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[liberationtech] Self-determined publics

Sebastian Benthall sbenthall at
Mon Jul 29 22:47:37 PDT 2013

I really like the way you frame this. Please do share anything you find on

You might find interesting (if you haven't seen it already) Chris Kelty's
term *recursive public*, which he uses to describe geekdom (with an
emphasis on open source software communities) as a whole.

"A recursive public is a public that is vitally concerned with the material
and practical maintenance and modification of the technical, legal,
practical, and conceptual means of its own existence as a public; it is a
collective independent of other forms of constituted power and is capable
of speaking to existing forms of power through the production of actually
existing alternatives."

If you'll forgive the self-promotion, you might find this work on Weird
Twitter (an on-line community not unlike what you describe) and symbolic
bounded network communities of interest.

On Mon, Jul 29, 2013 at 9:45 PM, Michael Allan <mike at> wrote:

> Folks,
> Below I define what I call "self-determined publics".  Has anything
> similar been attempted before?
>    A self-determined public is an open, topical community that
>    proclaims the definitive bounds of its own communications.  The
>    proclamation takes the form of a timely sequence of references
>    (e.g. web links) each pointing to a communication of the public,
>    such that all references together define the total of that public's
>    communications in time and space.  For example:
>        Ago     Place      Title              (click to visit thread)
>       -------  ---------  ------------------------------------------
>       17 min   r/Foo      How do we attach the doohickey?
>        5 hr    Foo-L      The problem with so and so's proposal.
>        1 day   FuBarz     Who are these Foos, anyway?
>        1 day   r/Foo      This, that, and the next thing.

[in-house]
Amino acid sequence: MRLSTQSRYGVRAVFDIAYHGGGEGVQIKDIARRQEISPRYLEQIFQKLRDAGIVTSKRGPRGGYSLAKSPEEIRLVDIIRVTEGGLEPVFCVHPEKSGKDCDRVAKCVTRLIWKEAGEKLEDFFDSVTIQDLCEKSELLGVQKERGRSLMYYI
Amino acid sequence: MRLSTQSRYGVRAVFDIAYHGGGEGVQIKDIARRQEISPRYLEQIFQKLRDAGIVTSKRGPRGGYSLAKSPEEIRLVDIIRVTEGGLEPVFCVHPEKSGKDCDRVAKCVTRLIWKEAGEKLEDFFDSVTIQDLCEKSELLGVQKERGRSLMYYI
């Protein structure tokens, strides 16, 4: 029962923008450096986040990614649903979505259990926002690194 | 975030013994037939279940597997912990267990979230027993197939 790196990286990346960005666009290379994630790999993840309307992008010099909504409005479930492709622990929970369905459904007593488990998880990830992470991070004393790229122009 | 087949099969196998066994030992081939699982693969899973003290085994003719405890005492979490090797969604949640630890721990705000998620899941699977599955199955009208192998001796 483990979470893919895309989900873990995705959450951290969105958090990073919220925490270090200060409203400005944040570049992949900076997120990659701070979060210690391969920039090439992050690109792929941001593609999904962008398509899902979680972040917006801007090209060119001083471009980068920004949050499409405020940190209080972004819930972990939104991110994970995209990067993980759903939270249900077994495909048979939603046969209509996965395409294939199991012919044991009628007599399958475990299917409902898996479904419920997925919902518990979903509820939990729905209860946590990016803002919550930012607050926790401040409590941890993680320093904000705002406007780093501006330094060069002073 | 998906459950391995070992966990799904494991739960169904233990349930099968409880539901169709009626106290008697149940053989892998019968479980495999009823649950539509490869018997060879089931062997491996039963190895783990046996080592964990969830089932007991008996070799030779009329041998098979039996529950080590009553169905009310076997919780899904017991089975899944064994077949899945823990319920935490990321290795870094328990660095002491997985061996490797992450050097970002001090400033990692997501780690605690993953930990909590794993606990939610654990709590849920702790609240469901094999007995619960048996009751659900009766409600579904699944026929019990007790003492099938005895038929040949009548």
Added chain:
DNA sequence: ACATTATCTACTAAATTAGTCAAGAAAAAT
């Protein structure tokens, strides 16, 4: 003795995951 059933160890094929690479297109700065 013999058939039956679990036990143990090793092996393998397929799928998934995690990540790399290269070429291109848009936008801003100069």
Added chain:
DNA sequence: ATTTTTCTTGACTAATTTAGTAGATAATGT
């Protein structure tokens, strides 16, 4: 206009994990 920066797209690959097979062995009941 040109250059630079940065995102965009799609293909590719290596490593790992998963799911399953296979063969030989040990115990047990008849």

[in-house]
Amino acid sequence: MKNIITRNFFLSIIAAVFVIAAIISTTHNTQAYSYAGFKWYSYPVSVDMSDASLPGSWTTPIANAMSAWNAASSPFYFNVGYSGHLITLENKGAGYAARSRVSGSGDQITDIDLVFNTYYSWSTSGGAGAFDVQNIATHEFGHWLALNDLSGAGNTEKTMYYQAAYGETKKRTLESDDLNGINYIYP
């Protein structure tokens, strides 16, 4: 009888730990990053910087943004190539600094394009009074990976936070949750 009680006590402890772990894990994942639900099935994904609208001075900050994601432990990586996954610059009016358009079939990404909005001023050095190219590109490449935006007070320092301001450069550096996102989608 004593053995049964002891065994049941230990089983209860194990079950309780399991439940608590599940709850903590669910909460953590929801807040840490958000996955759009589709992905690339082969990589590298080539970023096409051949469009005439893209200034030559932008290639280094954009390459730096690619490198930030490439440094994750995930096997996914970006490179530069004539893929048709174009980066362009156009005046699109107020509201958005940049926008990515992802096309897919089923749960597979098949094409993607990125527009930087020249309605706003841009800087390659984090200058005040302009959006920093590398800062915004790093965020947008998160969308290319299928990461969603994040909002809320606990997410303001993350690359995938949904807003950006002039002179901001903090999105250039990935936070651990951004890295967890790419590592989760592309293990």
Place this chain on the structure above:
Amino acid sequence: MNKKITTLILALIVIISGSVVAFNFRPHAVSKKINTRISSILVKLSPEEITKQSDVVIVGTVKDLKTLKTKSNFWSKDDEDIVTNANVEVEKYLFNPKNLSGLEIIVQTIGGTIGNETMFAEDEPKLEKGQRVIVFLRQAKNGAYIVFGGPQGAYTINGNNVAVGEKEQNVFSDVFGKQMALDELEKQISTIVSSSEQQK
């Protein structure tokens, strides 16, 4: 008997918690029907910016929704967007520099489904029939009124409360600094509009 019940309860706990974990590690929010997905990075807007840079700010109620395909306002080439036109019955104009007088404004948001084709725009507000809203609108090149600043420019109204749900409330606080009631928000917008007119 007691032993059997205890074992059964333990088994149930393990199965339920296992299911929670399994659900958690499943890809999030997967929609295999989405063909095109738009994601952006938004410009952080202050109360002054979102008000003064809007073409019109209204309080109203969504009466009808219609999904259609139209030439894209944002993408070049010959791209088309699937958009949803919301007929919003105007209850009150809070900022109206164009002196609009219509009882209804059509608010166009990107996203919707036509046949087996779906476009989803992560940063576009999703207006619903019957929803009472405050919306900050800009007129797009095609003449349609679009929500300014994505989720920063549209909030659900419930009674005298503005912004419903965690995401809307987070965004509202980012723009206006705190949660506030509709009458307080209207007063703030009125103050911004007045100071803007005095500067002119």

>        2 days  FooStack   What's the best thingamy for such and such?
>               . . . and so on
>    The boundary proclamation is similar in form to a conventional news
>    feed.  It concerns a specific topic or category.  Differences are
>    in a) the exclusion of mass communications, b) the claim to
>    totality, and c) the self-determination that redeems that claim.
>    (a) A principle criterion for inclusion is that one may immediately
>    join any of the referenced communications as a peer.  One-way, mass
>    communications are excluded.
>    (b) The boundary proclamation claims to cover the entire public
>    discussion of the topic across all communication media and sites.
>    It claims to be the most complete, accurate and timely overview of
>    the extended discussion that is available anywhere.
>    (c) This claim is redeemed by the public members themselves who
>    submit the references, self-organize the necessary labour, and
>    self-constitute the necessary government.  No aspect of this
>    redeeming self-determination is controlled by an external
>    authority.
> I'm looking for brief pointers, please.  I don't know of any actual
> implementations of this, or projects that are working on it.  I'll
> share what's found.
> --
> Michael Allan
> Toronto, +1 416-699-9528
> --
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